Duck boat capsizes near Branson, Missouri; at least 17 killed

"There was nothing you could do," said one witness, who described towering waves that overpowered the boat.
by Alex Johnson, Alastair Jamieson and Elizabeth Chuck /  / Updated 

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The death toll from a capsized duck boat that sank Thursday night during a thunderstorm on a Missouri lake has jumped to 17, according to officials.

Five children were among those killed, according to a list of the victims released by the sheriff’s office Friday night. Nine of the 17 victims were reportedly related, and a list of names of those who died appears to confirm that.

Stone County Sheriff Doug Rader announced Friday morning that the number of fatalities had risen to 17 after the bodies of four people who had been missing were recovered. Seven people were being treated at a hospital, one with severe injuries that were not considered life-threatening, the sheriff's office added.

National Transportation Safety Board member Earl Weener said Friday that the dead included 16 passengers and one crew member. In all, there were 29 passengers and two crew members on board, he said.

The dead were identified Friday by the sheriff’s office as William Asher, 69; Rosemarie Hamann, 68; Janice Bright, 63; William Bright, 65; Leslie Dennison, 64; Bob Williams, 73; Steve Smith, 53; and Lance Smith, 15.

Also killed in the accident were Angela Coleman, 45; Belinda Coleman, 69; Ervin Coleman, 76; Glenn Coleman, 40; Horace Coleman, 70; and 1-year-old Arya Coleman; Maxwell Coleman, 2; Evan Coleman, 7; and Reece Coleman, 9.

Severe thunderstorms generating winds of up to 60 mph moved through the area when the Ride the Ducks boat encountered trouble around 7 p.m. local time (8 p.m. ET), reported NBC affiliate KYTV of Springfield.

Rader cautioned it was early in the investigation to draw any conclusions, but said he believed weather may have been the cause, as the tourist boat was buffeted by powerful winds on Table Rock Lake near Branson.

In a press conference Friday morning, Rader said he believed that there had been life jackets on the boat, but said he did not know if passengers were wearing them.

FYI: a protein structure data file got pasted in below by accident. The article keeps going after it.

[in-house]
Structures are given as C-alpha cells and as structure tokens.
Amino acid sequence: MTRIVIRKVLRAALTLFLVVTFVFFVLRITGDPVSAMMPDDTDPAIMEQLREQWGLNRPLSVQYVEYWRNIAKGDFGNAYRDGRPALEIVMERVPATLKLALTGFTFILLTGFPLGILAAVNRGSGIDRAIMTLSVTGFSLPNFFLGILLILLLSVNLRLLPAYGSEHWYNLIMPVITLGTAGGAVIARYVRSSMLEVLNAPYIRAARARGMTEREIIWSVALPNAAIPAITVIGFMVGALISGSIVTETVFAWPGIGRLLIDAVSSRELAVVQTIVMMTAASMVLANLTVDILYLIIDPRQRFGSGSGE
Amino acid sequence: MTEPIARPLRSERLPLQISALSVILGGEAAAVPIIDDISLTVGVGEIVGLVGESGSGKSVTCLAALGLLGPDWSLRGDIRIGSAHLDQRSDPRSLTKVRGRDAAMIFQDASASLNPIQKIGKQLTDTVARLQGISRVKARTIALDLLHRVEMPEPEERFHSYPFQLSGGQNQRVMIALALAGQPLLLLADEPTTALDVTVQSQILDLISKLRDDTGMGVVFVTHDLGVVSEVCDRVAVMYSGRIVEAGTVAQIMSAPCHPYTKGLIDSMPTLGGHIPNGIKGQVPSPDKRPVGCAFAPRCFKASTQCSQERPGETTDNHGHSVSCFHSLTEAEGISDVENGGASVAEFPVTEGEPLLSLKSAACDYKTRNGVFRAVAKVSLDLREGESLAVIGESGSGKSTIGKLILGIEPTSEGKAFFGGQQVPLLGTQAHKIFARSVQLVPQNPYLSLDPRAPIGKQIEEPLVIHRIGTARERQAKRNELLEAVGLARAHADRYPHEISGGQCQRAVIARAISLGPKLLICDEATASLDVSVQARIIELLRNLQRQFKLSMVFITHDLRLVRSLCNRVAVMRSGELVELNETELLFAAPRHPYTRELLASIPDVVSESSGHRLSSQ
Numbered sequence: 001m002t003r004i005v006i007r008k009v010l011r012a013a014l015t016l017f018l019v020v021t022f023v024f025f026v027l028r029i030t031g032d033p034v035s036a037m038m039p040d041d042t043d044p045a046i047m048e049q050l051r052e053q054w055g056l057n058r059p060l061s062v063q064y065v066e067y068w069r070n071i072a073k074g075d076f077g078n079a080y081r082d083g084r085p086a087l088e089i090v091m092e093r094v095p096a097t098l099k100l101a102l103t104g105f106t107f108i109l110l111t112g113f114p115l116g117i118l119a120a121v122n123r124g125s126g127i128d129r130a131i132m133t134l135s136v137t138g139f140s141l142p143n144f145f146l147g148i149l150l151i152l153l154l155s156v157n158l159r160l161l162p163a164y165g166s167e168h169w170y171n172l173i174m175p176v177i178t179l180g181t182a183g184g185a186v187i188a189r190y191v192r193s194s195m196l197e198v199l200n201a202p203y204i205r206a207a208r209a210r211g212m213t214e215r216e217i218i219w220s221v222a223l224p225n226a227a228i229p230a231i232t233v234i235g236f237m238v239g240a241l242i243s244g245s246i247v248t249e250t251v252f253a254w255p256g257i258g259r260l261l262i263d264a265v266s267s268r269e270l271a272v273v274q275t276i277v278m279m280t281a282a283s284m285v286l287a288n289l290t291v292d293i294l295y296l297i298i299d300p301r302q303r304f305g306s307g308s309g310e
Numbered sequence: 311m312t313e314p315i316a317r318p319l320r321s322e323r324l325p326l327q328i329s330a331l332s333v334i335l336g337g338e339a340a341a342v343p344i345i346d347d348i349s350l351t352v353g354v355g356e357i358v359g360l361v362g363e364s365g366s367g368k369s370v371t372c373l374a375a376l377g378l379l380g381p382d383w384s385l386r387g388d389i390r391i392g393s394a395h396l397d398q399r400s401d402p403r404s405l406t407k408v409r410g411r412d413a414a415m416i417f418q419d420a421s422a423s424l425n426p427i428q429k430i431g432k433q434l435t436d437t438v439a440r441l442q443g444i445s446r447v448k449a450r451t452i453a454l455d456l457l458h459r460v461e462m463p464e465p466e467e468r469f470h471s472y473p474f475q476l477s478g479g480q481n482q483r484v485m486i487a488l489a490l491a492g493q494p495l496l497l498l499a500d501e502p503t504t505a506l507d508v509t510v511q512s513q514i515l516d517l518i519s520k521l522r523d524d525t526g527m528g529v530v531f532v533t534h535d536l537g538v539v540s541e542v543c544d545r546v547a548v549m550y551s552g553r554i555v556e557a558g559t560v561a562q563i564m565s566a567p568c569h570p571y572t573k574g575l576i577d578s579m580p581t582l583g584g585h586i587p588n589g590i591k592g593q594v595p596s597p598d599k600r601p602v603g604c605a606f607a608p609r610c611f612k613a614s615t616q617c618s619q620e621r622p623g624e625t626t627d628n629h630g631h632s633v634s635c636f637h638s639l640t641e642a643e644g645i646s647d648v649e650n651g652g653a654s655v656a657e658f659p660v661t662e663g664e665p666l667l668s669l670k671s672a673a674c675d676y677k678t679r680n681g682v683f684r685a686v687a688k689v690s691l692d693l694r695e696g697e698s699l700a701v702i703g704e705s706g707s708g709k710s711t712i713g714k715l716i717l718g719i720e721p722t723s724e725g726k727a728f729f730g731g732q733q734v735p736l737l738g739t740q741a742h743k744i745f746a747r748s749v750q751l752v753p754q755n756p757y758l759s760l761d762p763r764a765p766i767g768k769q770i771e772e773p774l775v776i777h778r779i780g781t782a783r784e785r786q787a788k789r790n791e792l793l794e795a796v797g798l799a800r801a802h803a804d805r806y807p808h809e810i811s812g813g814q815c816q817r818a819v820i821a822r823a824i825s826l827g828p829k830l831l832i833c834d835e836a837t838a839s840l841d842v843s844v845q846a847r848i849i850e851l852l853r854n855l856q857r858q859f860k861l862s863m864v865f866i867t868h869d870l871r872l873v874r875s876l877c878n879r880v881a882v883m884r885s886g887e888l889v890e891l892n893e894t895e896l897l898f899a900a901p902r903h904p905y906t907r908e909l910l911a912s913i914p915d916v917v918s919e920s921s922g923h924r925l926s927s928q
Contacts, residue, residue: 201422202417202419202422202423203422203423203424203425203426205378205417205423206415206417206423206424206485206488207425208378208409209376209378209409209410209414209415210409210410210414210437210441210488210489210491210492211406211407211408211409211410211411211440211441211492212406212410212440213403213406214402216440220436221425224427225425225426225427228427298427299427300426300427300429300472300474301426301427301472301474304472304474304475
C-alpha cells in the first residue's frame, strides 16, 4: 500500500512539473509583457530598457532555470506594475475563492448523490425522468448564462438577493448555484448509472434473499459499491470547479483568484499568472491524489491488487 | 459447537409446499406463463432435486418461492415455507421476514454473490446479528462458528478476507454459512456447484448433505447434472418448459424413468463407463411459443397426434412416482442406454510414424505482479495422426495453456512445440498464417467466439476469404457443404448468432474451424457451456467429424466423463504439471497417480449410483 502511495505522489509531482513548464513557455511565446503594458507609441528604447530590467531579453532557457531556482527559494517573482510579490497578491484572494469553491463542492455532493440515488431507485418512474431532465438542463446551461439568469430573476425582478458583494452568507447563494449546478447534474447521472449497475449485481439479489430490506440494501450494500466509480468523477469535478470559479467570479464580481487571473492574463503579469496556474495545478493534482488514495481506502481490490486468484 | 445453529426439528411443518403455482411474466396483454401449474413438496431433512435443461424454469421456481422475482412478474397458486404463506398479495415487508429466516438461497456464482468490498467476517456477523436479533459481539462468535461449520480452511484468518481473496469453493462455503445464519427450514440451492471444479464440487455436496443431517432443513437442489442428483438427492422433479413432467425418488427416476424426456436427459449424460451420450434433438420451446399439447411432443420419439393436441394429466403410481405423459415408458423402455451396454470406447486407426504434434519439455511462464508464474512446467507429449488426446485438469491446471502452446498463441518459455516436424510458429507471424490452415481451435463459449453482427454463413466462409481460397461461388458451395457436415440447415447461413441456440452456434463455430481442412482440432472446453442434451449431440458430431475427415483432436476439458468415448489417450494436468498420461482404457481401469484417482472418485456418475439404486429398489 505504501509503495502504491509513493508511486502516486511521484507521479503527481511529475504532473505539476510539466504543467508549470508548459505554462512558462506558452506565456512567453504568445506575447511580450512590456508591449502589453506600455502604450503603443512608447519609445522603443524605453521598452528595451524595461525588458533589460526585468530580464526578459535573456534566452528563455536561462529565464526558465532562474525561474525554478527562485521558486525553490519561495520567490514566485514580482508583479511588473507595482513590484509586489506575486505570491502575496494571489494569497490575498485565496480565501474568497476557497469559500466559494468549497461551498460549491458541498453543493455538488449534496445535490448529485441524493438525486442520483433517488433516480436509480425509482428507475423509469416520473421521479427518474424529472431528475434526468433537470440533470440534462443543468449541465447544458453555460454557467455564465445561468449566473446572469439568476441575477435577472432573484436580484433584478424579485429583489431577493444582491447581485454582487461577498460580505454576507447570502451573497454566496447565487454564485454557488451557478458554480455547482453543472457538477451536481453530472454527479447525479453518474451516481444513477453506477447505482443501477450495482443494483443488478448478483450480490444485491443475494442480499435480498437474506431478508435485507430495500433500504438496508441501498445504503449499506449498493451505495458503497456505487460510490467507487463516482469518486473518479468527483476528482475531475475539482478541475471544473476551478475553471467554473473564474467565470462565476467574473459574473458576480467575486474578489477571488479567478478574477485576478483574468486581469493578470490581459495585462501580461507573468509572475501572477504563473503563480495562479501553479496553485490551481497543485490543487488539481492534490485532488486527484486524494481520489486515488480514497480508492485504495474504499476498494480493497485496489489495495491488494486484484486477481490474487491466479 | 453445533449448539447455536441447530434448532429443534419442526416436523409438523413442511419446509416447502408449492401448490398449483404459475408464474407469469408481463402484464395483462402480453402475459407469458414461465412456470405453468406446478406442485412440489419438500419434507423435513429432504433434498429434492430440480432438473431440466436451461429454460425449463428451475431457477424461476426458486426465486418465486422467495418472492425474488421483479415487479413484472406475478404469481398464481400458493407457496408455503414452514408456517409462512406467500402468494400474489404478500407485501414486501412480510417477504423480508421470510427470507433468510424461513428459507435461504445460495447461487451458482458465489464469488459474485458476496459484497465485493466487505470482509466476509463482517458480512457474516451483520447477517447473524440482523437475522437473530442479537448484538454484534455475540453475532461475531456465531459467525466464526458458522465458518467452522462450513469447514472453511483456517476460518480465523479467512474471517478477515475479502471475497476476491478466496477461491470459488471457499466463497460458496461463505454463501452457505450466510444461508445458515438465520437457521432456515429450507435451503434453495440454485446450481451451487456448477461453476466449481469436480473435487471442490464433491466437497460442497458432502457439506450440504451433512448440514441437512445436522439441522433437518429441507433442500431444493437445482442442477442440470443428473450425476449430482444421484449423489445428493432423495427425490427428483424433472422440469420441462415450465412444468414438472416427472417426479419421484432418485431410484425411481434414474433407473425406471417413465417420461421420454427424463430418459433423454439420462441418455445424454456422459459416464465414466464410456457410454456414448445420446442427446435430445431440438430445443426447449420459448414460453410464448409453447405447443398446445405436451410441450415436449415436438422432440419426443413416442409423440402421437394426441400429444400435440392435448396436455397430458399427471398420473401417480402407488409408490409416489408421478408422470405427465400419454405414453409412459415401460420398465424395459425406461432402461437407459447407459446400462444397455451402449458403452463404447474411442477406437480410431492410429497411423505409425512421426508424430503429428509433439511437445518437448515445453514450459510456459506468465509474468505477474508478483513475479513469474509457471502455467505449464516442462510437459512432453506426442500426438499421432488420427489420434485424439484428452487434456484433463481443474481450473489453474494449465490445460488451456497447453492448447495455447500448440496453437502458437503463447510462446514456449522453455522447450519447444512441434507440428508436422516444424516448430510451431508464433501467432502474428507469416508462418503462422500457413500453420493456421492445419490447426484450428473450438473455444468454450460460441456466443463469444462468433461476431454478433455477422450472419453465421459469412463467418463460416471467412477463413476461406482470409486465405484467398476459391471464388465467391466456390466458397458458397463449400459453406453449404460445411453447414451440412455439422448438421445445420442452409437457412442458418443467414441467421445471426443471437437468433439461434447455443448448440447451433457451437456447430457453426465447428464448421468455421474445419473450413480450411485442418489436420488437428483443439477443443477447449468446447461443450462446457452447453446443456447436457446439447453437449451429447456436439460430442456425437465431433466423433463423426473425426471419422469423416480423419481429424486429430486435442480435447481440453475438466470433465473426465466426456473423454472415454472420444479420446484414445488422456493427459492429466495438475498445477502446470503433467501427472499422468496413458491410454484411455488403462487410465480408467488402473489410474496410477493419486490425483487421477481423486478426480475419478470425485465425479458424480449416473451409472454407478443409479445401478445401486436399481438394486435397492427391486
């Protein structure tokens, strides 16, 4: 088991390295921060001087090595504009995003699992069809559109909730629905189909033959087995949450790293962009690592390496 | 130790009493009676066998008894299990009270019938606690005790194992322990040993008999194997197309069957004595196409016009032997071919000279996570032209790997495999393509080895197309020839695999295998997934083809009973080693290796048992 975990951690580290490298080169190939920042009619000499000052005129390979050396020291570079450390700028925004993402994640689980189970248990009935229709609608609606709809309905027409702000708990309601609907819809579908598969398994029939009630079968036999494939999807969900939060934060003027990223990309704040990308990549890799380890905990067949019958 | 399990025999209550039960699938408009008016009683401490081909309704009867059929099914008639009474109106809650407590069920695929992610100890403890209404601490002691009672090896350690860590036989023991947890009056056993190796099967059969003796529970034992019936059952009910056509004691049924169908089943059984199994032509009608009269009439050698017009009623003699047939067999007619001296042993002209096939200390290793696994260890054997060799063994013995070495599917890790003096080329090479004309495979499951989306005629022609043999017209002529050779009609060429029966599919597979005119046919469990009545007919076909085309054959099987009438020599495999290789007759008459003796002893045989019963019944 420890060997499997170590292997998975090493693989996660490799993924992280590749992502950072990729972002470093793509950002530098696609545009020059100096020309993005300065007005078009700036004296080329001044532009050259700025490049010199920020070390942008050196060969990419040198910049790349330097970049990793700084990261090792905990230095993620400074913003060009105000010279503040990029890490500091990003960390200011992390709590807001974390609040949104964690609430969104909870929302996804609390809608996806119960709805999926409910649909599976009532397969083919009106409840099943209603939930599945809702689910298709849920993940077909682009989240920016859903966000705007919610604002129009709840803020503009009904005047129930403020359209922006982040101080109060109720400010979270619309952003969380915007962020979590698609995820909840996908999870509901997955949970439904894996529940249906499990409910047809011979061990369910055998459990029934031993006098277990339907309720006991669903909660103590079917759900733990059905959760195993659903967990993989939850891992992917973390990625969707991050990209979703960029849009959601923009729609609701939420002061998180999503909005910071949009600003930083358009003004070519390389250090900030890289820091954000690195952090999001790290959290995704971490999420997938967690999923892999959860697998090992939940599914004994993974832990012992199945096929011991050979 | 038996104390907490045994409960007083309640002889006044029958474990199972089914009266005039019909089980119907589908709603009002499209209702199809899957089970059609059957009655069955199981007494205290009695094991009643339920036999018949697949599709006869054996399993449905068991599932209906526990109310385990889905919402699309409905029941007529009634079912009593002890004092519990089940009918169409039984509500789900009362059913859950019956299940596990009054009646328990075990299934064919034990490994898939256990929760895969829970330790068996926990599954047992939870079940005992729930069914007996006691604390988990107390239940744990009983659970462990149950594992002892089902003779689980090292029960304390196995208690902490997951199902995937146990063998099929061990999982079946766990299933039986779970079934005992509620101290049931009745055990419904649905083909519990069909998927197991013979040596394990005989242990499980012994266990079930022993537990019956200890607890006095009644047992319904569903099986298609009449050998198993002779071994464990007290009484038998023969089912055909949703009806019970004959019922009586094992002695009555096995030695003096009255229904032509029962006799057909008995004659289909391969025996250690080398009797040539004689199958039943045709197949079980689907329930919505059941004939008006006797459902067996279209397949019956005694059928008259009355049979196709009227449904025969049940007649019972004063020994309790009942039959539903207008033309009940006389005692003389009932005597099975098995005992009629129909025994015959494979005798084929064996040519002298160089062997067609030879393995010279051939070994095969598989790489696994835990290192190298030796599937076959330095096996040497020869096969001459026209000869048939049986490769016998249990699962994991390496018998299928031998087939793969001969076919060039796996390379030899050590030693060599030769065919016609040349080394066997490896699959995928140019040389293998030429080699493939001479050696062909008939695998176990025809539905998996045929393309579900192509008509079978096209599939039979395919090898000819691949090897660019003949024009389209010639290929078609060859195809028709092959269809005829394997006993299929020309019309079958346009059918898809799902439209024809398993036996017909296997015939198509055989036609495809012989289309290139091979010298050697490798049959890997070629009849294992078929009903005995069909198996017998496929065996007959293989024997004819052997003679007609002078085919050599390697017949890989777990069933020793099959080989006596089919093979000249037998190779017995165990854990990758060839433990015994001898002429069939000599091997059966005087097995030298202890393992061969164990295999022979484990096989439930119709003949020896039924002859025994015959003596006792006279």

He also said there had been a captain and a driver on the boat. The captain survived, Rader said, but the driver did not.

Missouri Gov. Mike Parson visited with survivors and victims’ relatives on Friday. He said in a statement that of the 14 survivors, seven were injured, one seriously.

"What happened here last night was a heart-breaking tragedy, and we must all work together to support the victims and their families," Parson said in a statement.

Jim Patterson, president of Ripley Entertainment, which owns the duck boat tours in Branson, told "CBS This Morning" that the company was in the process of gathering more information about what led to the tragedy.

“It was a fast-moving storm that came out of basically nowhere is sort of the verbal analysis I’ve got,” Patterson told CBS.

But, he acknowledged, the boat “shouldn’t have been in the water if what happened, happened.”

According to NBC News' Al Roker, storms had been forecast for the area.

“There was one line [of storms] that already moved through earlier in the afternoon, and then that second line starts coming in around 5, 6 o’clock and by 7, right on top of Branson,” Roker said. “Moved through quickly, but boy, the damage was done.”

The incident was witnessed by horrified onlookers who described waves of up to 6 feet high.

Jennie Carr, who posted video on Facebook of the duck boat as it struggled in the surge, said she saw the vessel sinking into the waves, unable to move faster.

She told "Today" that she was on a larger showboat, whose captain told the crew to prepare life vests for people as the duck boat sunk. Some of the crew jumped into the water to try and help rescue riders.

"I went to the window, and I prayed and I cried," said Carr, who had never seen such towering waves on the lake. "There was nothing you could do," she added.

The vessel was carrying 31 people, according to authorities.

"It was sad to know that some of those people weren't going to get to go home," Carr said.

Carr's husband, Jeff, who was also on the showboat, said: "The waves were 6 feet tall. For a lake, that's pretty big."

Weener said Friday that good Samaritans helped rescue a number of people who were in the water after the accident. Some employees of the showboat "jumped in the water to save some of the victims," he said.

In a statement Thursday, Suzanne Smagala-Potts of Ride the Ducks Branson, said the company was saddened by the tragedy.

"This incident has deeply affected all of us," Smagala-Potts said. "We will continue to do all we can to assist the families who were involved and the authorities as they continue with the search and rescue."

She added, "The safety of our guests and employees is our No. 1 priority."

President Donald Trump sent his condolences in a tweet Friday morning.

“My deepest sympathies to the families and friends of those involved in the terrible boat accident which just took place in Missouri. Such a tragedy, such a great loss. May God be with you all!" he wrote.

The Coast Guard said there will be an attempt to raise the sunken vessel as part of the investigation.

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